But a tenant activist, who did not want to be named, said sole-sourced contracts like that given to FMTA must be stopped and a full audit done of whether they’ve delivered good value for the millions they’ve received in the past 10 years.

“What’s really needed is an independent review by somebody outside of shelter, support and housing who has no vested interest,” the activist said.

Important for all Ontario Landlords: Bill 112 to Second Reading

Friday, November 12th, 2010

FYI – Please See the full Bill 112 here:

This bill has passed first reading and has gone to second reading.


The Bill makes several amendments to the Residential Tenancies Act, 2006, including the following:

1. The Bill increases the time limit for most tenant and some landlord applications to the Landlord and Tenant Board from one to two years. Tenants can go back in time two years to file a complaint.

2. The Bill requires a landlord who terminates a tenancy for personal use to compensate the tenant and expands the circumstances in which a landlord is required to compensate a tenant if the landlord terminates a tenancy for the purpose of demolition or conversion to non-residential use. Formula given for compensation.

3. The Bill prohibits a landlord from increasing the rent charged to a new tenant by more than the guideline and abolishes landlord applications to the Board for above guideline rent increases where there has been a significant increase in the cost of utilities. No new rent increases to market rent beyond the guideline when you have tenant turnover.

4. The Bill requires that the Board dismiss an application from a landlord who has been given a work order under section 225 of the Act or an order under section 15.2 of the Building Code Act, 1992 and has not completed the items in the work order or the order. Excuse for not paying rent.

5. The Bill requires a landlord to obtain a licence with respect to a rental unit in a residential complex containing six or more rental units in order to enter into a tenancy agreement or renew an existing tenancy agreement. Money grab for Multi-family 6+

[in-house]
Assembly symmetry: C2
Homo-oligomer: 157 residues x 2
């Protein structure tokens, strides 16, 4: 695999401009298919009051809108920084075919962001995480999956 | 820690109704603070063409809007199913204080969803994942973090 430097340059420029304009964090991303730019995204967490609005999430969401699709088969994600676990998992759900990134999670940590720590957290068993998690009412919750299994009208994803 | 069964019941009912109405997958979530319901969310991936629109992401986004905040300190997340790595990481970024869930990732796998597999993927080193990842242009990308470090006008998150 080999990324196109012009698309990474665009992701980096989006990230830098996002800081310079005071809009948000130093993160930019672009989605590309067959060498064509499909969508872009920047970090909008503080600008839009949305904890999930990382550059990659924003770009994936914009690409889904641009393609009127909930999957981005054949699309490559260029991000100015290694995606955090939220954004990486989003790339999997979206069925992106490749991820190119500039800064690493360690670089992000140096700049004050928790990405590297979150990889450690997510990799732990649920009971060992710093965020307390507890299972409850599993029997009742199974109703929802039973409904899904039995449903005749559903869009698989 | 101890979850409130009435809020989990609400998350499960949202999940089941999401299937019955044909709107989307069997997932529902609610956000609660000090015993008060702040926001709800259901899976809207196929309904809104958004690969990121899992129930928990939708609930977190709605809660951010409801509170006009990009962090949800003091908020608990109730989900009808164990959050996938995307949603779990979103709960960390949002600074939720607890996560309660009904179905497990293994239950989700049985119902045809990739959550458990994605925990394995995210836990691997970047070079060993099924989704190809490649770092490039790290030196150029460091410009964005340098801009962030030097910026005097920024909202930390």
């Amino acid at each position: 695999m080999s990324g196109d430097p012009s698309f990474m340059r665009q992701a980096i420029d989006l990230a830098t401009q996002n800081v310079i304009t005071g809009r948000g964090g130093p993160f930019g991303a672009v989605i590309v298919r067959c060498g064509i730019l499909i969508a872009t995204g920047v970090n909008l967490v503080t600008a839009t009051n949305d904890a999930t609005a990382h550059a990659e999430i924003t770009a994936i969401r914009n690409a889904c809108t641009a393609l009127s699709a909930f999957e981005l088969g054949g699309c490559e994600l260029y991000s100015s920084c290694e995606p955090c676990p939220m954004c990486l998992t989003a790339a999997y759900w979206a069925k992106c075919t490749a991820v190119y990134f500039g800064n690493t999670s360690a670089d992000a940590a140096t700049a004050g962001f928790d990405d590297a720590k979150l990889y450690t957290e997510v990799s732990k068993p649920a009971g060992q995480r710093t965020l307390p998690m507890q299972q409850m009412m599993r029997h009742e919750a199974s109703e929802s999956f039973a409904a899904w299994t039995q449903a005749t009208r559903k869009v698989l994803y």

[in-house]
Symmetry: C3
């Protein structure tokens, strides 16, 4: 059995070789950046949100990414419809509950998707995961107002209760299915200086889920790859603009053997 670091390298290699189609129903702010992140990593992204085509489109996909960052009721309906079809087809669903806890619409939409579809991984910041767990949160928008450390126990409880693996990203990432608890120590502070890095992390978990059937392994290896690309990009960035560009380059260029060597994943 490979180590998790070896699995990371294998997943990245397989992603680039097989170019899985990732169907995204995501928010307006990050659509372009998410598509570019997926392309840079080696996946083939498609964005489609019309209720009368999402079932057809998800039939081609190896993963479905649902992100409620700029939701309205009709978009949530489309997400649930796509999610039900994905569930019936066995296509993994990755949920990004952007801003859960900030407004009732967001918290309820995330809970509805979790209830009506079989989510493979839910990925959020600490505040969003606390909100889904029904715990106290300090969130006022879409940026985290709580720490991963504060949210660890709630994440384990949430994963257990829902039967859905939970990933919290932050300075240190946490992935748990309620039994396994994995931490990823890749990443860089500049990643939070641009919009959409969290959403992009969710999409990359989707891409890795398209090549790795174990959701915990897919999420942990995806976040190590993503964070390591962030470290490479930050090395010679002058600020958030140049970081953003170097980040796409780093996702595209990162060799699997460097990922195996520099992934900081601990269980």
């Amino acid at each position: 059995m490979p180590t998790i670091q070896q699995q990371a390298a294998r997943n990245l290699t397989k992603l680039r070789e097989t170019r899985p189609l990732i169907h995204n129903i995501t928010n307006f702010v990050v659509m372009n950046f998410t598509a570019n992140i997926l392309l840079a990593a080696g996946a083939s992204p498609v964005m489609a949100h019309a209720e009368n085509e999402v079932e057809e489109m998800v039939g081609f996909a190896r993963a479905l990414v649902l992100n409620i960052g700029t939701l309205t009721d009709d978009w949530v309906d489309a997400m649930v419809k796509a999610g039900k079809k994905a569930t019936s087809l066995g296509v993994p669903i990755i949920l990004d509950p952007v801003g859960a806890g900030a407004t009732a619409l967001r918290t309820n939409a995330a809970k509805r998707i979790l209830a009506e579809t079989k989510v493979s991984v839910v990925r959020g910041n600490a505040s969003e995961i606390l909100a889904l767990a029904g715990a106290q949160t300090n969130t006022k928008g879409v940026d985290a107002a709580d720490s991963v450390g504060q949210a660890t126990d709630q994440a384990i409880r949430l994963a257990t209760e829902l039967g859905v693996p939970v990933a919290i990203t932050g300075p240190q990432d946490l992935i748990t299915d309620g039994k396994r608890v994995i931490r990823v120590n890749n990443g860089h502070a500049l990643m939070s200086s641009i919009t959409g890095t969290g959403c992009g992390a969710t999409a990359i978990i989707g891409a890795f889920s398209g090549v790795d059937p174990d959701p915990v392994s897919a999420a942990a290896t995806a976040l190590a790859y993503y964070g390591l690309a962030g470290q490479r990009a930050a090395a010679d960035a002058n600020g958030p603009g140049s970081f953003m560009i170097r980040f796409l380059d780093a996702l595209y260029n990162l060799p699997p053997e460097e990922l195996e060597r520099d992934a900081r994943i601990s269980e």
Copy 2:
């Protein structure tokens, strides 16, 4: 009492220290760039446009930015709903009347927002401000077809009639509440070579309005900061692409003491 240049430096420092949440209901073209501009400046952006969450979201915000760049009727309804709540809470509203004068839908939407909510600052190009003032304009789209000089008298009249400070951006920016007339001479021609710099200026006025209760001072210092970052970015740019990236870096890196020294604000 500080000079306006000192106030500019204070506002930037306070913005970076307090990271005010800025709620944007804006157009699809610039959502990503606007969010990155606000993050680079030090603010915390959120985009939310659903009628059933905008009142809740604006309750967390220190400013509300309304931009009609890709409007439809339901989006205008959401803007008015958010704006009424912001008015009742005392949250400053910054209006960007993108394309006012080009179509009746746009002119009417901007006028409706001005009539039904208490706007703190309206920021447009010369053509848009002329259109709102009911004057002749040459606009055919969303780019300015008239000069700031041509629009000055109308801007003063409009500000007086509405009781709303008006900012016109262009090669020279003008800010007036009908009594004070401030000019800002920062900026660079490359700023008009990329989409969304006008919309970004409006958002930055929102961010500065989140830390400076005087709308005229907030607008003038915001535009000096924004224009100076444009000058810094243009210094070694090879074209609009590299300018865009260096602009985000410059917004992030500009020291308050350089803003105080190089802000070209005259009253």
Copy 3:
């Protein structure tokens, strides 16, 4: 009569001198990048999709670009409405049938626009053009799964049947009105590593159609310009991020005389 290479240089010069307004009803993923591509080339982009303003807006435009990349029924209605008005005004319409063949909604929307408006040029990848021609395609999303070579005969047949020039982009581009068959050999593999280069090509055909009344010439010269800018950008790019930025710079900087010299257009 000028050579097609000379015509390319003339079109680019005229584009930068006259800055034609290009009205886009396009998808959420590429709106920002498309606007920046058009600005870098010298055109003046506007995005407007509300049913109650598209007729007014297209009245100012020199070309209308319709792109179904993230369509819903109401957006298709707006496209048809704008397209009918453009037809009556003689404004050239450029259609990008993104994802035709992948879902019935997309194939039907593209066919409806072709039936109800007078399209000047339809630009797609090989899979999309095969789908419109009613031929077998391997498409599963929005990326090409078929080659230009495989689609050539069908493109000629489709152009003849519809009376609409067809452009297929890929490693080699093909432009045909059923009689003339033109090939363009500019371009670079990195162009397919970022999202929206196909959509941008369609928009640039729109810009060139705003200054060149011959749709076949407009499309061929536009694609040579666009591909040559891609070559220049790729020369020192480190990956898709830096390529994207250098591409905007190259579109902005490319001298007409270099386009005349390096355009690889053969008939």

Something that we should not ignore! This would not only radically change the rental industry affecting each and every landlord from the smallest LL to the largest corporation, it would demand the creation of a huge new bureaucracy policing the actions of all of us!

Find your Ontario MPP here:

Make sure they know how you feel. Call them or put something down in writing, make sure that they hear their constituents point of view.

Please also make your feelings known to the Minister of Housing:

Hon Rick Bartolucci, MPP
Minister of Municipal Affairs and Housing
Ontario Liberal Party

Contact Information:

Ministry of Municipal Affairs and Housing
17th Floor
777 Bay Street
Toronto, Ontario M5G 2E5
Tel 416-585-7000
Fax 416-585-6470

The Bentley-driving tenant from hell

Thursday, August 26th, 2010


She’s b-a-a-a-a-ck.

The Bentley-driving, condo-trashing tenant from hell who likes to claim she’s a Persian princess is back before the Landlord and Tenant Board for the umpteenth time.

Call her Mojgan Amir-Davani — or by her other six known monikers: Mozhe Aamere, Mozhe (Mozhgan) Avanni, Mozhe Amerjhajar, Mozhe Sheena Mere, Mozhgan Amere Ghajaar or Amiri Mojgan.

Whatever her alias, her modus operandi is the same: She’s terrorized at least four high-end condo owners in North York, convincing them she’s a successful broadcasting executive only to turn into a destructive squatter who expertly plays the system for months of free rent before she’s finally turfed out and moves on to her next victim.

We first told her tale here in January, of frustrated landlord Jane Randall who rented her investment property to the dark haired beauty only to be stiffed with $12,000 in unpaid rent and thousands more in damage.